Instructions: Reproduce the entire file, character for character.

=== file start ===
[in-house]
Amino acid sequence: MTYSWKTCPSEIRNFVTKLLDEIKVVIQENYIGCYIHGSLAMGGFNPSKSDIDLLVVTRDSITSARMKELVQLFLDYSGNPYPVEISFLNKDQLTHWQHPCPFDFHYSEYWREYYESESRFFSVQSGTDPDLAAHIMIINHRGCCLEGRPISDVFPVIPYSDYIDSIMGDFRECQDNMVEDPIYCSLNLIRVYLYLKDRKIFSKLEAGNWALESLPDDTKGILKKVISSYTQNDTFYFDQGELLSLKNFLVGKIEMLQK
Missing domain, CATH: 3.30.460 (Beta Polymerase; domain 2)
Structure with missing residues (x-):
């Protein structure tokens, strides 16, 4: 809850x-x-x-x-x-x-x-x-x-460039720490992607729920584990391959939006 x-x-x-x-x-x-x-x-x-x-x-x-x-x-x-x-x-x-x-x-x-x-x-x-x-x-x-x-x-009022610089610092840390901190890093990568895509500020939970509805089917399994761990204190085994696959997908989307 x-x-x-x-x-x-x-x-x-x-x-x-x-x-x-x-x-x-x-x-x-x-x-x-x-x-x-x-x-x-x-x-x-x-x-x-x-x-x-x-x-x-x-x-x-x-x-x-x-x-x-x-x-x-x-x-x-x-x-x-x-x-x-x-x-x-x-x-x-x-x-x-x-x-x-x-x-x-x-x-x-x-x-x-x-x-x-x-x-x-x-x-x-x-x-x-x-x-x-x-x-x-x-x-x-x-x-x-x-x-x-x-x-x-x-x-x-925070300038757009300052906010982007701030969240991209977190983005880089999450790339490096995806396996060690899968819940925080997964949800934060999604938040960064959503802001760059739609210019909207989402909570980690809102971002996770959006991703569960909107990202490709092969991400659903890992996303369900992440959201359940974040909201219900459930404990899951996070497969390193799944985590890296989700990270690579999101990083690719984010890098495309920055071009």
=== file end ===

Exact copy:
[in-house]
Amino acid sequence: MTYSWKTCPSEIRNFVTKLLDEIKVVIQENYIGCYIHGSLAMGGFNPSKSDIDLLVVTRDSITSARMKELVQLFLDYSGNPYPVEISFLNKDQLTHWQHPCPFDFHYSEYWREYYESESRFFSVQSGTDPDLAAHIMIINHRGCCLEGRPISDVFPVIPYSDYIDSIMGDFRECQDNMVEDPIYCSLNLIRVYLYLKDRKIFSKLEAGNWALESLPDDTKGILKKVISSYTQNDTFYFDQGELLSLKNFLVGKIEMLQK
Missing domain, CATH: 3.30.460 (Beta Polymerase; domain 2)
Structure with missing residues (x-):
């Protein structure tokens, strides 16, 4: 809850x-x-x-x-x-x-x-x-x-460039720490992607729920584990391959939006 x-x-x-x-x-x-x-x-x-x-x-x-x-x-x-x-x-x-x-x-x-x-x-x-x-x-x-x-x-009022610089610092840390901190890093990568895509500020939970509805089917399994761990204190085994696959997908989307 x-x-x-x-x-x-x-x-x-x-x-x-x-x-x-x-x-x-x-x-x-x-x-x-x-x-x-x-x-x-x-x-x-x-x-x-x-x-x-x-x-x-x-x-x-x-x-x-x-x-x-x-x-x-x-x-x-x-x-x-x-x-x-x-x-x-x-x-x-x-x-x-x-x-x-x-x-x-x-x-x-x-x-x-x-x-x-x-x-x-x-x-x-x-x-x-x-x-x-x-x-x-x-x-x-x-x-x-x-x-x-x-x-x-x-x-x-925070300038757009300052906010982007701030969240991209977190983005880089999450790339490096995806396996060690899968819940925080997964949800934060999604938040960064959503802001760059739609210019909207989402909570980690809102971002996770959006991703569960909107990202490709092969991400659903890992996303369900992440959201359940974040909201219900459930404990899951996070497969390193799944985590890296989700990270690579999101990083690719984010890098495309920055071009």